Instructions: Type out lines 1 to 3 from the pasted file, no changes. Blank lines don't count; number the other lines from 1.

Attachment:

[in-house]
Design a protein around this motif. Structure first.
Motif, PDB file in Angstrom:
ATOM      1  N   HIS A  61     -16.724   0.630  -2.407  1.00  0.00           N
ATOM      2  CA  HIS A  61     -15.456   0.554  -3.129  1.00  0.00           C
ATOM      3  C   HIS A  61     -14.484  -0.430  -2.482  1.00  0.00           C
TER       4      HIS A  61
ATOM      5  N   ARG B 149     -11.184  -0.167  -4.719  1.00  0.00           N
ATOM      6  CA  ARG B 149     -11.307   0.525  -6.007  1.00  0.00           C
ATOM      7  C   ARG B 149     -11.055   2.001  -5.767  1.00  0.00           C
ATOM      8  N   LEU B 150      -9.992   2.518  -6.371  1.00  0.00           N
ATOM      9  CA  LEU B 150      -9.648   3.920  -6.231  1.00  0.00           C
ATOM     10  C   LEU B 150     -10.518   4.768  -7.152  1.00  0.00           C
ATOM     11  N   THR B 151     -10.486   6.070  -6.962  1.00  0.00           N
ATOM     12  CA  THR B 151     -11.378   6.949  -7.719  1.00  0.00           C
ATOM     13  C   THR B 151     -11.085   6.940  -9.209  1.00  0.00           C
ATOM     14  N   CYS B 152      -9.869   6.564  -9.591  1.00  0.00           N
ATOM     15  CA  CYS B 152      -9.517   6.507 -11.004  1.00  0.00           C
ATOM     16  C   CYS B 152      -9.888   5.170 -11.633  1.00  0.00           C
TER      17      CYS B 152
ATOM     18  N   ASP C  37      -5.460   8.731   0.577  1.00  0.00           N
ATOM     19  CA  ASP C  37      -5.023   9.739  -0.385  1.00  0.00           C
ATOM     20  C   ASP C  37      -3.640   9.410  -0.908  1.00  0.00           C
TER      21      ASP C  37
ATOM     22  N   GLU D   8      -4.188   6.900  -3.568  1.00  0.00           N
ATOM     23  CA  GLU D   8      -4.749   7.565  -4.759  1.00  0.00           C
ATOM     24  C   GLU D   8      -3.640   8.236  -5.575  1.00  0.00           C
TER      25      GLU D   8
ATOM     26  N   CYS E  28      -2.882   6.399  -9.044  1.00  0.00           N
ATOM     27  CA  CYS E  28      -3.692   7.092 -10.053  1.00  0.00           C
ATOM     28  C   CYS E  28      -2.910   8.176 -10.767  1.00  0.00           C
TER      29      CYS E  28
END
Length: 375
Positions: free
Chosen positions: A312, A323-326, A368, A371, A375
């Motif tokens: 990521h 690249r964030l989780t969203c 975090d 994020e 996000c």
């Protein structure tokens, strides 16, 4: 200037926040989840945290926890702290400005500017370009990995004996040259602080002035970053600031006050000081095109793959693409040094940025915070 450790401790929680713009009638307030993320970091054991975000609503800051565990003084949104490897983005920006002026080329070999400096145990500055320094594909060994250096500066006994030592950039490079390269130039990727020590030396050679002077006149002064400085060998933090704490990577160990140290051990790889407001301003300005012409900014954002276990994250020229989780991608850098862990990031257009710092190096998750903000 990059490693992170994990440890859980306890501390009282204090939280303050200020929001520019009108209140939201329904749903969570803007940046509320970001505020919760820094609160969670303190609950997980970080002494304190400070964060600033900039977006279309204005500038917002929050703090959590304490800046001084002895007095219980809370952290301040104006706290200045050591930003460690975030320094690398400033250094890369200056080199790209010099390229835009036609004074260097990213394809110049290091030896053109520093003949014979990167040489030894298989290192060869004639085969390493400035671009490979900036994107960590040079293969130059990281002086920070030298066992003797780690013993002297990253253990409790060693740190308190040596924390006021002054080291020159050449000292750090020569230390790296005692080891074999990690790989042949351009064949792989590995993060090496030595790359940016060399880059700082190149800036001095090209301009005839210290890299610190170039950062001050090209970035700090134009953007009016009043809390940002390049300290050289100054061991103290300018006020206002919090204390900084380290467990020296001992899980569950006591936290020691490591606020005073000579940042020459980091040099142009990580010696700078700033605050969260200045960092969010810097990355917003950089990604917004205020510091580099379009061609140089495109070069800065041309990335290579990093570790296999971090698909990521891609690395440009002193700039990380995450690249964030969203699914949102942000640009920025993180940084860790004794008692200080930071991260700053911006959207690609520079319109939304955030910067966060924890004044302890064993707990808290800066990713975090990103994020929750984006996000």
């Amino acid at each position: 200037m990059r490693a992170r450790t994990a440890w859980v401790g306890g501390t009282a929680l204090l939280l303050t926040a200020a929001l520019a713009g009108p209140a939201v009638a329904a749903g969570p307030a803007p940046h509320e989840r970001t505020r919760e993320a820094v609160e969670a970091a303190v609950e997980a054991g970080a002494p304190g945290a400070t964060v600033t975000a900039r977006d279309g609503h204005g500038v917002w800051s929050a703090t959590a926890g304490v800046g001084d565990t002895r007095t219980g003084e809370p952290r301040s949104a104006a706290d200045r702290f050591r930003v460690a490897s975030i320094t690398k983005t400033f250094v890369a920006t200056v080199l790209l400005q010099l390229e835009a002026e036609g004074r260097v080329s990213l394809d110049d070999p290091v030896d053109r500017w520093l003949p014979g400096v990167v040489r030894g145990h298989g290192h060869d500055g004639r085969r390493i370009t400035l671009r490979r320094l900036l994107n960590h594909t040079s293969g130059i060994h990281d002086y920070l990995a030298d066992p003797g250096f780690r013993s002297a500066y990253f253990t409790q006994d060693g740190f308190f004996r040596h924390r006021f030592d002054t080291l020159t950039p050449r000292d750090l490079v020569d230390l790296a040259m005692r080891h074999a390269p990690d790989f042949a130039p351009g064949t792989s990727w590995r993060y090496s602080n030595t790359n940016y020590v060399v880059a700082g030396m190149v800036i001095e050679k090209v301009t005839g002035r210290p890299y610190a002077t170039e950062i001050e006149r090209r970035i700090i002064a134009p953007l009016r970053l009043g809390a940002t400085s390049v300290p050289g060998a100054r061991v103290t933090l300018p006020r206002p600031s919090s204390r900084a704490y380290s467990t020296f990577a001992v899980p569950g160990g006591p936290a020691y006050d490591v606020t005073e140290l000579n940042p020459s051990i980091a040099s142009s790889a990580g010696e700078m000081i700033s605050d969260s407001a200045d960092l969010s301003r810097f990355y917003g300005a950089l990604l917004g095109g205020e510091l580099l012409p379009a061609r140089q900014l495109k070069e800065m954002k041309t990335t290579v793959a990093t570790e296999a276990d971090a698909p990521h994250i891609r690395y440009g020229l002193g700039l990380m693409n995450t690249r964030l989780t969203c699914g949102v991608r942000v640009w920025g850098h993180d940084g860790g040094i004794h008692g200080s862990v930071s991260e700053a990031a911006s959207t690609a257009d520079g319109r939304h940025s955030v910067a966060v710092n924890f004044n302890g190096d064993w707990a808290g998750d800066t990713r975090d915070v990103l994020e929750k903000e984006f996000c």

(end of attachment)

[in-house]
Design a protein around this motif. Structure first.
Motif, PDB file in Angstrom: